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The stealthy Long-bodied Cellar Spider should only invoke fear in small insect prey, not with humans trying to do laundry.
The elongated, tubular shape of the abdomen gave the Long-bodied Cellar Spider its common name. The rounded bottom and tapered waist could almost pass for the top of a skull and tapered jawline, giving rise to a second common name, Skull Spider. Thanks to its long, spindly legs, some call this spider a Daddy-Long-Legs. Daddy-Long-Legs is also used to refer to Harvestman, which are not spiders though they are still a part of the arachnid class.
The Long-bodied Cellar Spider can be seen bouncing on its own web to make itself harder to see by blurring itself to the observer. This behavior serves to disorient a predator or threat. Normally, they simply hang up-side-down, waiting for insects to wander into their web. The Long-bodied Cellar Spider has very small chelicera (mouth parts) and is not known to bite people. Though they are venomous (like 99% of all North American spiders), they are not poisonous. They have short fangs, which are too tiny to inject any venom.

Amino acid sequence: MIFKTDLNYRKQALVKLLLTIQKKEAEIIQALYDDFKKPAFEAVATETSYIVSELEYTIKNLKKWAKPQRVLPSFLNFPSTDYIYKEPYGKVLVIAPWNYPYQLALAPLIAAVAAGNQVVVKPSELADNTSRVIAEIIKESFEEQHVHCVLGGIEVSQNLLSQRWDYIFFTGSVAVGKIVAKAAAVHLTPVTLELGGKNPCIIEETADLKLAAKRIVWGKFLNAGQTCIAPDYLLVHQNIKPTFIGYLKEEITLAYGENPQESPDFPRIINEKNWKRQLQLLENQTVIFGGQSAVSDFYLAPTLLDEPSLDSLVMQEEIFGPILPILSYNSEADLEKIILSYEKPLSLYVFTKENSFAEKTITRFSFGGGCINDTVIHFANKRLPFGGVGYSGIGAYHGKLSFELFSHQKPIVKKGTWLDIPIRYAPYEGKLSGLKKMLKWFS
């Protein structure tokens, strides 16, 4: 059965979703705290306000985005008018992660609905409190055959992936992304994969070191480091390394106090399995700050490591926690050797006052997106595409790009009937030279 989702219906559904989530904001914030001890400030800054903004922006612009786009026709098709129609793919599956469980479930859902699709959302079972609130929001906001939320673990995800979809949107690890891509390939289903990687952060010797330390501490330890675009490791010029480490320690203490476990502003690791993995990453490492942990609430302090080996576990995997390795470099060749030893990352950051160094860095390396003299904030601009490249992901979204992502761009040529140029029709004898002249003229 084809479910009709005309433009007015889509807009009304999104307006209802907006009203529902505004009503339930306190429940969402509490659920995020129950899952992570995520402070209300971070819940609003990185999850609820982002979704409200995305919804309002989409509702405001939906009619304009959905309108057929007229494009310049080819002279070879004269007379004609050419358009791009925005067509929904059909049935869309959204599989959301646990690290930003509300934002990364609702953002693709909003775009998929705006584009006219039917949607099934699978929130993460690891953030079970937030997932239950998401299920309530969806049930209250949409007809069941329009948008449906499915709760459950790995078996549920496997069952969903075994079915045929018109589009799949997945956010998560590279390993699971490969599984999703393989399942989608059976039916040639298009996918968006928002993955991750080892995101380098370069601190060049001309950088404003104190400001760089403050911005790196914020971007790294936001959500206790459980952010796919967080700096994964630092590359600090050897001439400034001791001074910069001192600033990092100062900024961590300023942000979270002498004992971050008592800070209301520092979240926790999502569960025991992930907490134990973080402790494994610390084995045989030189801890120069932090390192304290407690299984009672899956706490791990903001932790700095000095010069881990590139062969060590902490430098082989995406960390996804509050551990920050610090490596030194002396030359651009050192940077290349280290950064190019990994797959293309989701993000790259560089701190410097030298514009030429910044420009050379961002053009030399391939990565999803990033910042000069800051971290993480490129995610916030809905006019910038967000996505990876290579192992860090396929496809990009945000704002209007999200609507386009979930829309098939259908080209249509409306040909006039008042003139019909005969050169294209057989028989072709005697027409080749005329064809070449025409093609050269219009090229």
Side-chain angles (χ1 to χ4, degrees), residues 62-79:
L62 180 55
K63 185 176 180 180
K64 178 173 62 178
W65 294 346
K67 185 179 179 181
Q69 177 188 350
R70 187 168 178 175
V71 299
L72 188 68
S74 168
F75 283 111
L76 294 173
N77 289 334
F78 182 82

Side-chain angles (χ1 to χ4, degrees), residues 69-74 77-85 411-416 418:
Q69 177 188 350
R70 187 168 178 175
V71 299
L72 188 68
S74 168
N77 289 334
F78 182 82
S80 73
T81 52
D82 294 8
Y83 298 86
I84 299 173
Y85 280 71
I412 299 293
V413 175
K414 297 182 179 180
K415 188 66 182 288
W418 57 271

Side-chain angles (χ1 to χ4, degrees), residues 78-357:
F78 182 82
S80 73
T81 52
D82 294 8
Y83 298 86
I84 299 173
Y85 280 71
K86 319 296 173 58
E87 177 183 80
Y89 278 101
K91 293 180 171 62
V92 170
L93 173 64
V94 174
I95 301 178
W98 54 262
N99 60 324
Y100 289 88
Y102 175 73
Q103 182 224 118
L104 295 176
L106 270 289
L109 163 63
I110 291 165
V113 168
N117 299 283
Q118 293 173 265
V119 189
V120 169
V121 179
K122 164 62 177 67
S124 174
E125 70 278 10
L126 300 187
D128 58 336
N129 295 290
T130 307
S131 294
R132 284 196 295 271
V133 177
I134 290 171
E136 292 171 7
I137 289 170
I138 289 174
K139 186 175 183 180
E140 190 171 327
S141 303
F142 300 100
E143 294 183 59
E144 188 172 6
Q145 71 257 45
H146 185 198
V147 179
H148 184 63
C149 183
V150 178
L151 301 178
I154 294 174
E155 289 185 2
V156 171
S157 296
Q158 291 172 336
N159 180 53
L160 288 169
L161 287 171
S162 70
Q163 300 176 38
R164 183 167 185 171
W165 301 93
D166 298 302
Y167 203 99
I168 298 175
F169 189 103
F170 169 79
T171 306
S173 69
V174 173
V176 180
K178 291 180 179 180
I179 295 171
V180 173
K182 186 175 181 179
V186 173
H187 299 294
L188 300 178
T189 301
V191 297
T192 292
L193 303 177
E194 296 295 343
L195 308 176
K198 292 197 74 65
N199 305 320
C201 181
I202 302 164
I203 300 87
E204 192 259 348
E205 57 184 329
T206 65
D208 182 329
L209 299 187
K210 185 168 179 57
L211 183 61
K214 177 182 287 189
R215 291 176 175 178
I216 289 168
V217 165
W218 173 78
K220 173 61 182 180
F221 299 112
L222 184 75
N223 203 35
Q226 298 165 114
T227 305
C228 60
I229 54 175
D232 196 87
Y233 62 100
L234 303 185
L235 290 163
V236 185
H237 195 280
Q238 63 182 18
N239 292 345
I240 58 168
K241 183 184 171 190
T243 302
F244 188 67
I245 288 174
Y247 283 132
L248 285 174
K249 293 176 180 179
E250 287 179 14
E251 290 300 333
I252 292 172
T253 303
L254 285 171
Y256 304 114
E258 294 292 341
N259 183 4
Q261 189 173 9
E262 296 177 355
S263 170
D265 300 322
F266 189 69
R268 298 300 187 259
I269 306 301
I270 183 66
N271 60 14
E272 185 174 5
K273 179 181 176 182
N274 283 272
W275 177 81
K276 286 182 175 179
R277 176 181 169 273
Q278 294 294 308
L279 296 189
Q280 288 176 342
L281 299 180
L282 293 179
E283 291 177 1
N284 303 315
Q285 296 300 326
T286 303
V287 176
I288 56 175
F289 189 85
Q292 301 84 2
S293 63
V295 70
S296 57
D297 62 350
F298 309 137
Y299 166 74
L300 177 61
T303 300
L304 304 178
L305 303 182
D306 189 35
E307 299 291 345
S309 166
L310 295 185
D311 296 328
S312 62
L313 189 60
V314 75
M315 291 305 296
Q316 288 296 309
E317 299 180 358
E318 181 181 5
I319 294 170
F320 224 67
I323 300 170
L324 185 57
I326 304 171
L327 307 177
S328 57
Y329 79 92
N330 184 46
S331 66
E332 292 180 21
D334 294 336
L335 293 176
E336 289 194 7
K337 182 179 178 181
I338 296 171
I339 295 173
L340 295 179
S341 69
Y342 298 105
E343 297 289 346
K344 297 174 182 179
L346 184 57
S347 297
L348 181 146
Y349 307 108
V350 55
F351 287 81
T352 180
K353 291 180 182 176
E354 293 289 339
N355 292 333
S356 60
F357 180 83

Scientific Name: Pholcus phalangioides
Other Name(s): Skull Spider, Daddy-Long-Legs
Size (Adult; Length): 6mm to 10mm (0.23in to 0.39in)
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Legs: Spiders have four pairs of legs and these are attached to the cephalothorax.
Pedipalps: Small appendages near the mouth used as taste and smell organs.
Cephalothorax: Contains eyes, head, mouthparts, and legs.
Abdomen: Contains various organs related to digestion, reproduction, and web-making.
Spinnerets: Used in the production of spider silk for fashioning webs or catching prey.
NOTE: Unlike insects, spiders have both an endoskeleton (internal) and exoskeleton (external).